Israel will no longer be a disgrace (Ezek 36:13-36:15)

“Thus says Yahweh God!

They say to you.

‘You devour people.

You bereave

Your nation of children.’

‘Therefore,

You shall no longer

Devour people.

You shall no longer

Bereave

Your nation of children.’

Says Yahweh God!

‘I will not let you

Hear any more

Of the insults

Of the nations.

You shall no longer

Bear the disgrace

Of the people.

You shall no longer

Cause your nation

To stumble.’

Says Yahweh God!”

Yahweh God, via Ezekiel, commented that people around Israel were saying that the Israelites devoured their own people and bereaved their own children. Perhaps, this was a reference to the human sacrifices at the fertility rites on the Israelite hill tops. However, Yahweh was insistent that this was going to stop. He did not want to hear any more insults from these various countries. Israel would no longer bear the disgrace of the many people around them. No one would cause their country to stumble.

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The reluctant returning children to an overcrowded land (Isa 49:19-49:21)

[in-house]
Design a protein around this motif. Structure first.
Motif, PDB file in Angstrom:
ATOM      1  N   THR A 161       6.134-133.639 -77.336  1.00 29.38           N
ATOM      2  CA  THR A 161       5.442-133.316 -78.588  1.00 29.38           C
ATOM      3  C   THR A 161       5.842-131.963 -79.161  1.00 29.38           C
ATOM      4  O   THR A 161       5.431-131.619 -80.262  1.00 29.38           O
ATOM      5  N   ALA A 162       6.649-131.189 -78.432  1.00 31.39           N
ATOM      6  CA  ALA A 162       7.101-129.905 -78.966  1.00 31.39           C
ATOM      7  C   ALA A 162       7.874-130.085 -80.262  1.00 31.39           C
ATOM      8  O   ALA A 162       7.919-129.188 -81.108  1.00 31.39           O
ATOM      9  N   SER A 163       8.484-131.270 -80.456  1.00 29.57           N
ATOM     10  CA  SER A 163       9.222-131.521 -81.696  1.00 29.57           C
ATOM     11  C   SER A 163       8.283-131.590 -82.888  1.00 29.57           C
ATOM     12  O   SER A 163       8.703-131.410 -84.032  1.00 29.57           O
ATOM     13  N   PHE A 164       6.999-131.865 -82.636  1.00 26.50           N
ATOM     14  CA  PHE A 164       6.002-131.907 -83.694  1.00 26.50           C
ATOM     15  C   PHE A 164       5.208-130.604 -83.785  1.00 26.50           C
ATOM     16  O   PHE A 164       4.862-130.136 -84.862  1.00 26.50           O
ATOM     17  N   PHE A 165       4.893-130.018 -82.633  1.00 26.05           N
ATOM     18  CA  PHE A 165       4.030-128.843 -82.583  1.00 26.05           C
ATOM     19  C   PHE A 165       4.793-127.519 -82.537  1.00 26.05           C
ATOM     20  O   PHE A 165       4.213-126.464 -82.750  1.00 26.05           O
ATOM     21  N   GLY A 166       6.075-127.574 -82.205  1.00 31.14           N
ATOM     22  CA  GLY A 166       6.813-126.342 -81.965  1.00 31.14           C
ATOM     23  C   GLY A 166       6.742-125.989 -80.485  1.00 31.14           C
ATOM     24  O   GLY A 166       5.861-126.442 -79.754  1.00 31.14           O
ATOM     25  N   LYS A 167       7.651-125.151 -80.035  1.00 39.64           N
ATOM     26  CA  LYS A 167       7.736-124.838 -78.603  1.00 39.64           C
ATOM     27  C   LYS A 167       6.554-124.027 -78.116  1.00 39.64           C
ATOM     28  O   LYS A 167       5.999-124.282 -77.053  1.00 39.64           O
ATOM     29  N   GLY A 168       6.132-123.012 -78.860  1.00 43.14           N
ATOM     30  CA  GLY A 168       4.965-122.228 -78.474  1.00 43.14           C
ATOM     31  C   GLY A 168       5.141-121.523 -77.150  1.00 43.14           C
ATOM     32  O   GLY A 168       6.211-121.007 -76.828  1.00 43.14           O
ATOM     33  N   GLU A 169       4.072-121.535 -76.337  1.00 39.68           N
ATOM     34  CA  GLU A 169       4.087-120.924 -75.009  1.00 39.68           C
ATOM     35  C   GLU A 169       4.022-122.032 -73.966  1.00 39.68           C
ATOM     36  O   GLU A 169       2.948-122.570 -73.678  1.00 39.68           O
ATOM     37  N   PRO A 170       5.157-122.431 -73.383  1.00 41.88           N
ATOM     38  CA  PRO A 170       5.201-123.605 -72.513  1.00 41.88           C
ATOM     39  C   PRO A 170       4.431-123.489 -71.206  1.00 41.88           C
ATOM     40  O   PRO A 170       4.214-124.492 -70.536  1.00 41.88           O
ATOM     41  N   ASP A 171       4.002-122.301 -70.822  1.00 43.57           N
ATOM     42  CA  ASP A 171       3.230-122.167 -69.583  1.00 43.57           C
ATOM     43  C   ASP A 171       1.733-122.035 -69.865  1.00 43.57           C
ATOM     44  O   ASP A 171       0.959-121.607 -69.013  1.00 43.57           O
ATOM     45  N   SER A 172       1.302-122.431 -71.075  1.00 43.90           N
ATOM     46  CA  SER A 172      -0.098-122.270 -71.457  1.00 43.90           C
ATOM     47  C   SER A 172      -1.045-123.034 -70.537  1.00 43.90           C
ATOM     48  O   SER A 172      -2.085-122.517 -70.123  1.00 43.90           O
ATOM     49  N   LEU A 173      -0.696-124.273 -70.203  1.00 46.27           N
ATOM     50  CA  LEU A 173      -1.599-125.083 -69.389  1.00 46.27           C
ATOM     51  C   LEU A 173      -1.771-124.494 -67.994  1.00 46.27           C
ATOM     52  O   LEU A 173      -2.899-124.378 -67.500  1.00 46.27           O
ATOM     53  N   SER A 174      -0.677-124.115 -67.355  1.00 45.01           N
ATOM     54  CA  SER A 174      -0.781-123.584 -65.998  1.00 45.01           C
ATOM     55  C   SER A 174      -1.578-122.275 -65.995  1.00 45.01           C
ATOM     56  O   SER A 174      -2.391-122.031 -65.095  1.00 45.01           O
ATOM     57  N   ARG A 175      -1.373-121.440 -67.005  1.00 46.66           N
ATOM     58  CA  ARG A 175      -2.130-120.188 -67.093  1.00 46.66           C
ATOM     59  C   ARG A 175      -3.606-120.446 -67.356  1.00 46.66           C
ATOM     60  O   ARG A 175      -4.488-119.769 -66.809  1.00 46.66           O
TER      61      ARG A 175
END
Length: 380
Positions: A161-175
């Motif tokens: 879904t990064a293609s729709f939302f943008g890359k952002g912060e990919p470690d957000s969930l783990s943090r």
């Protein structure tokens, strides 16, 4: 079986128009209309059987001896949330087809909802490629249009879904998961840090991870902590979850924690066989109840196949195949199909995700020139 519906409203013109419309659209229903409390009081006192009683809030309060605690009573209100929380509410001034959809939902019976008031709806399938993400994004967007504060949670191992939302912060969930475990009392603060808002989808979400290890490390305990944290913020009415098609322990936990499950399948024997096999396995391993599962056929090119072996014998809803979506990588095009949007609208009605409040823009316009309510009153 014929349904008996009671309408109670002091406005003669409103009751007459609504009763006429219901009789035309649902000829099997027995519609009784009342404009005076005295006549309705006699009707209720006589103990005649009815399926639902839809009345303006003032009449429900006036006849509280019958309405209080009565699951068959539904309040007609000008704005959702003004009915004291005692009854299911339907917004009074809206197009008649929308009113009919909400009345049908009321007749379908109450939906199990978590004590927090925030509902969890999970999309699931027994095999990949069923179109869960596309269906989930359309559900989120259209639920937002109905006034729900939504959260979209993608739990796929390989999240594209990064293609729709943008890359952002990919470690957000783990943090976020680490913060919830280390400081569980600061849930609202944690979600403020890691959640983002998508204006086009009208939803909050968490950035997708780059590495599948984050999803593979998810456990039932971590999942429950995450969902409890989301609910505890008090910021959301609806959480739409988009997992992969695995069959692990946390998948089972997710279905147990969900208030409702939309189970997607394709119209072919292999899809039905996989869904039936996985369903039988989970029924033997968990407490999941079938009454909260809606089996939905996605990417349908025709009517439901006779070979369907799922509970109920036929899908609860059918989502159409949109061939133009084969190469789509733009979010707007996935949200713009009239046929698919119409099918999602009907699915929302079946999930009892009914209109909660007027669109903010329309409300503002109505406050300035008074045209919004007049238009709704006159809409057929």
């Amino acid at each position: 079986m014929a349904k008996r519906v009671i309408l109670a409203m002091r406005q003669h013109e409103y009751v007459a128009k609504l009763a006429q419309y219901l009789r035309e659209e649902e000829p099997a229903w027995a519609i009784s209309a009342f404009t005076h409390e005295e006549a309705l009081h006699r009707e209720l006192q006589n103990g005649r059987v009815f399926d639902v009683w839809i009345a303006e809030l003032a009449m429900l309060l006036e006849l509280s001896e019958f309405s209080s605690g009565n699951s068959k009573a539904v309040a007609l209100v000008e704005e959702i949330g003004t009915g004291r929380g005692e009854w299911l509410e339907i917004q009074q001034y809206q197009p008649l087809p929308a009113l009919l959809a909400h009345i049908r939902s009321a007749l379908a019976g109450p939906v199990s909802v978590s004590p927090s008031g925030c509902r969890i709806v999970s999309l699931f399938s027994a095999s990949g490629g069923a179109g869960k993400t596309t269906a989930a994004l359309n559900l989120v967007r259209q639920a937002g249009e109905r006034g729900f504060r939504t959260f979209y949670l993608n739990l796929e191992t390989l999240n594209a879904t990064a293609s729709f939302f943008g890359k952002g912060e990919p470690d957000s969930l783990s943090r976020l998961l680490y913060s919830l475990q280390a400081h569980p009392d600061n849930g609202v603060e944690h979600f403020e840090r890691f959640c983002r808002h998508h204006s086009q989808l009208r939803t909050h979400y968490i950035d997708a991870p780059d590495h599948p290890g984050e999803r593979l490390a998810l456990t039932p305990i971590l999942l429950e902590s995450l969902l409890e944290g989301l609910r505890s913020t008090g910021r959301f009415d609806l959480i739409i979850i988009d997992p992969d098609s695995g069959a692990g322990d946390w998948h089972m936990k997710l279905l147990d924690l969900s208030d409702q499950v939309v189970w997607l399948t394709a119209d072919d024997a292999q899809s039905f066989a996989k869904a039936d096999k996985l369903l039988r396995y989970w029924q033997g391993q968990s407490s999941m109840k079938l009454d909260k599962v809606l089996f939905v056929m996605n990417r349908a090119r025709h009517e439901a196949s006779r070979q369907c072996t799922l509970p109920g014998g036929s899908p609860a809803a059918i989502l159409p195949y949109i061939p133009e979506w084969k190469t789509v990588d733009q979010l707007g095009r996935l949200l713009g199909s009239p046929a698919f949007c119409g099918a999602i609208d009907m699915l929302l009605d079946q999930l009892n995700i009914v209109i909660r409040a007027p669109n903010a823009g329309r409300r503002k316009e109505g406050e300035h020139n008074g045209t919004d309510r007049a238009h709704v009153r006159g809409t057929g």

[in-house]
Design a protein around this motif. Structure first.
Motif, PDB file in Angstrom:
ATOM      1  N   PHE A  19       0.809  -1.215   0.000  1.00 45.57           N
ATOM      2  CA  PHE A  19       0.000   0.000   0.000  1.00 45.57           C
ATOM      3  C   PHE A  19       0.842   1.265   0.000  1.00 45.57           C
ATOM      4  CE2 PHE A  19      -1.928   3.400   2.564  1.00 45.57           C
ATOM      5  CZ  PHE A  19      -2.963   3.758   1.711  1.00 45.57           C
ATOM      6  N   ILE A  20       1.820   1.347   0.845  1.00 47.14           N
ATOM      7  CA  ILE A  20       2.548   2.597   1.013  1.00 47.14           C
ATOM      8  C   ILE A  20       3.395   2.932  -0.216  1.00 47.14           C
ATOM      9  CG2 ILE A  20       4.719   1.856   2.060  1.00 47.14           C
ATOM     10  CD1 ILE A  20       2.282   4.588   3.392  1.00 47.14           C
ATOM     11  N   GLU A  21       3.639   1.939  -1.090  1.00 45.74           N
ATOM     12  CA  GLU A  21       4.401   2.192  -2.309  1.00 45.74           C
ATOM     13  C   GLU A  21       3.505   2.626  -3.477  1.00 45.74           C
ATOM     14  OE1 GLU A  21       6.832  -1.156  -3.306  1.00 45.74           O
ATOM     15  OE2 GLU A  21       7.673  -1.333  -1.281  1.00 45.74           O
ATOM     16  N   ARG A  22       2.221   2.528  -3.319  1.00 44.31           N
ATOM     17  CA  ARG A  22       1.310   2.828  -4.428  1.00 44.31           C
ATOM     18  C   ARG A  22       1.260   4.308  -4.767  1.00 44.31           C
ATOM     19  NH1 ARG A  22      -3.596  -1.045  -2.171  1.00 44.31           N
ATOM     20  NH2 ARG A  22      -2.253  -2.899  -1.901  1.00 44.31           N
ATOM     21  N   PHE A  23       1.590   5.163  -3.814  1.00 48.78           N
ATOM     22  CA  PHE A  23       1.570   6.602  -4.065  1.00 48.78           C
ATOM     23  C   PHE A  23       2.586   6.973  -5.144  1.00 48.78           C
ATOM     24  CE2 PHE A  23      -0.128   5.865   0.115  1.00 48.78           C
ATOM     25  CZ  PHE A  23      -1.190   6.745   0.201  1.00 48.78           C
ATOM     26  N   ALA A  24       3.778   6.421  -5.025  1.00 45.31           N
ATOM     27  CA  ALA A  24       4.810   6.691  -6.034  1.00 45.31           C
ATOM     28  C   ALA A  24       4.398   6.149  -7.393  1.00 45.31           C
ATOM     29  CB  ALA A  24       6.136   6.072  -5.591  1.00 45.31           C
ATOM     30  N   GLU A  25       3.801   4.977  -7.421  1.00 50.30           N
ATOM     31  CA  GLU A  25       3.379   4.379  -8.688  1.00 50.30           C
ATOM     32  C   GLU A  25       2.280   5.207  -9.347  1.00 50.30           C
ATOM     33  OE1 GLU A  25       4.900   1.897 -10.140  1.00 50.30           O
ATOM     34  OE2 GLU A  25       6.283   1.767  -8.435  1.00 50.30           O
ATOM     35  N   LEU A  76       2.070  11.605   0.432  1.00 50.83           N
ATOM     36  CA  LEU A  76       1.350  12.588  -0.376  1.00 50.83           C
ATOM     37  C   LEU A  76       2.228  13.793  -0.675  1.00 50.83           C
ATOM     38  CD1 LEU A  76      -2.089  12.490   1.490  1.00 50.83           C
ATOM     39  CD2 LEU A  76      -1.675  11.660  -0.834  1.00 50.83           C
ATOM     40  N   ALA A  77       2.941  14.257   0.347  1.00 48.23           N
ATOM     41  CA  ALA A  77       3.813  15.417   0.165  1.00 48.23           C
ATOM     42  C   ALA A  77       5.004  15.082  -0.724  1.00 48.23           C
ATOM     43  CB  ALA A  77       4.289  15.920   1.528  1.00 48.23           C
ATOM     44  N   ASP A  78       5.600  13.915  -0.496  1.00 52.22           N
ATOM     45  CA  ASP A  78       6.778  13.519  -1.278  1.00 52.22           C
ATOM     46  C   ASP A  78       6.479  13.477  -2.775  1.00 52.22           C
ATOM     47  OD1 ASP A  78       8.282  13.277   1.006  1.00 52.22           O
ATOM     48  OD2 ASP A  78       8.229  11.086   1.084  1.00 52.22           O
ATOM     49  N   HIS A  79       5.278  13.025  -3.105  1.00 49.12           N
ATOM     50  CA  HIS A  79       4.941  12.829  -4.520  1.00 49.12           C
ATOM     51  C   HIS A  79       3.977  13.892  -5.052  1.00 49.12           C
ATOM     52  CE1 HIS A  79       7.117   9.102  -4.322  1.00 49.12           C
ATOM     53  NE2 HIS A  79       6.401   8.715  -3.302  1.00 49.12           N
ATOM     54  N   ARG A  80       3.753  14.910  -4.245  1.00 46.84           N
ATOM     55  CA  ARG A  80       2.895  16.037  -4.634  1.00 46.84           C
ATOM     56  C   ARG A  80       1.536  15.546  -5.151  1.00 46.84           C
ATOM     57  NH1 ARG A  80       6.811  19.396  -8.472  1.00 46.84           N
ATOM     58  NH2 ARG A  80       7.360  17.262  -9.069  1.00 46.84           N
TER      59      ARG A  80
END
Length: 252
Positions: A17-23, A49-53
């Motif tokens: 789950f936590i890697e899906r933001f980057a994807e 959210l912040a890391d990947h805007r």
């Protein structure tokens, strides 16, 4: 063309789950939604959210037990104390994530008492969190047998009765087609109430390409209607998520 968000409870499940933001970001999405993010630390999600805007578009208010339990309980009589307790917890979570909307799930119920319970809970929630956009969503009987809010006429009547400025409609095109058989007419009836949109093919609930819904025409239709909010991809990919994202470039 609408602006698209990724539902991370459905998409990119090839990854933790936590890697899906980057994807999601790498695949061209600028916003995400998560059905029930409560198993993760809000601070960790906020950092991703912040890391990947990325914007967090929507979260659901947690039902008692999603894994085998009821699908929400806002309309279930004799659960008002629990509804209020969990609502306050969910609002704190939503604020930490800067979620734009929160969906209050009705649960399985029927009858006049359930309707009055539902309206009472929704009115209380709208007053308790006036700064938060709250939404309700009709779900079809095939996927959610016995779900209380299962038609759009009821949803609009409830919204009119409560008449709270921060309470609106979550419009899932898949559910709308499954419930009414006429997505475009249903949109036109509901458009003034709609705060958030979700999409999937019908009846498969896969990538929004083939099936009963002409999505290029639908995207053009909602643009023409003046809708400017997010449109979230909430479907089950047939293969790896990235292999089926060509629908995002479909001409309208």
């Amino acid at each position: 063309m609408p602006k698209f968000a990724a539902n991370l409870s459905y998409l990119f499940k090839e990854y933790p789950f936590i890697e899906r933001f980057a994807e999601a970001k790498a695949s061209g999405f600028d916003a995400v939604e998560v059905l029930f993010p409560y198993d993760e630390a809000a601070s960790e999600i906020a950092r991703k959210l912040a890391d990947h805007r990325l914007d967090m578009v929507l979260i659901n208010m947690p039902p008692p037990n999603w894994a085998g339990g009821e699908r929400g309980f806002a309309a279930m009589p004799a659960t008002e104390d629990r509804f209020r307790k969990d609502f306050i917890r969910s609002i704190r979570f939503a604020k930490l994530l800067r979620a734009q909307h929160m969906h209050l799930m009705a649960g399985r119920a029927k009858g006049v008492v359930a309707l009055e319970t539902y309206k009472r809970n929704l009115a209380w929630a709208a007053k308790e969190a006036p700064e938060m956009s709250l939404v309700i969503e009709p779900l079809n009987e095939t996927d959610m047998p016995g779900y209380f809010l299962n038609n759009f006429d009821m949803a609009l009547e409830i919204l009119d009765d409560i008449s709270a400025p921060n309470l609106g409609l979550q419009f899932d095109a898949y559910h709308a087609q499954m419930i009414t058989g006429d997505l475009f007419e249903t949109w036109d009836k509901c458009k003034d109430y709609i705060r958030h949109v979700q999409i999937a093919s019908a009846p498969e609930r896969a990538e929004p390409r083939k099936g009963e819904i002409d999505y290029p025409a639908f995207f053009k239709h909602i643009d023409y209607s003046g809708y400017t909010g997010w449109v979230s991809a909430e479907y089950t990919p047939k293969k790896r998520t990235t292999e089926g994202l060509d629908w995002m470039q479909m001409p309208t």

“Surely your waste land

Will now be too crowded

For your inhabitants.

Your desolate places

Will surely now be too crowded

For your inhabitants.

Your devastated land

Will surely now be too crowded

For your inhabitants.

Those who swallowed you up

Will be far away.

The children born

In the time of your bereavement

Will yet say in your hearing?

‘The place is too crowded for me.

Make room for me to settle.’

Then you will say in your heart.

‘Who has borne me these?

I was bereaved.

I was barren.

I was exiled.

I was put away.

So who has reared these?

I was left all alone.

Where then have these come from?’”

Second Isaiah raises the question about overcrowding if all the exiles returned. There would be a special problem for those born in exile that had never lived in Israel. Why would they want to return there? The land was wasted, desolate, and devastated, why would anyone want to live in overcrowded conditions there? Their captives were gone. However, what would entice those who had spent their entire life elsewhere to move to a place that they had never known. There was nothing there to attract them. In fact, the mothers were upset at their children. They had spent their life bereaved, barren, alone, and exiled in a far away land. Who had reared these kids? Where did they come from? Why didn’t they want to go back to Israel? Was the influence of this new country too much for their own children?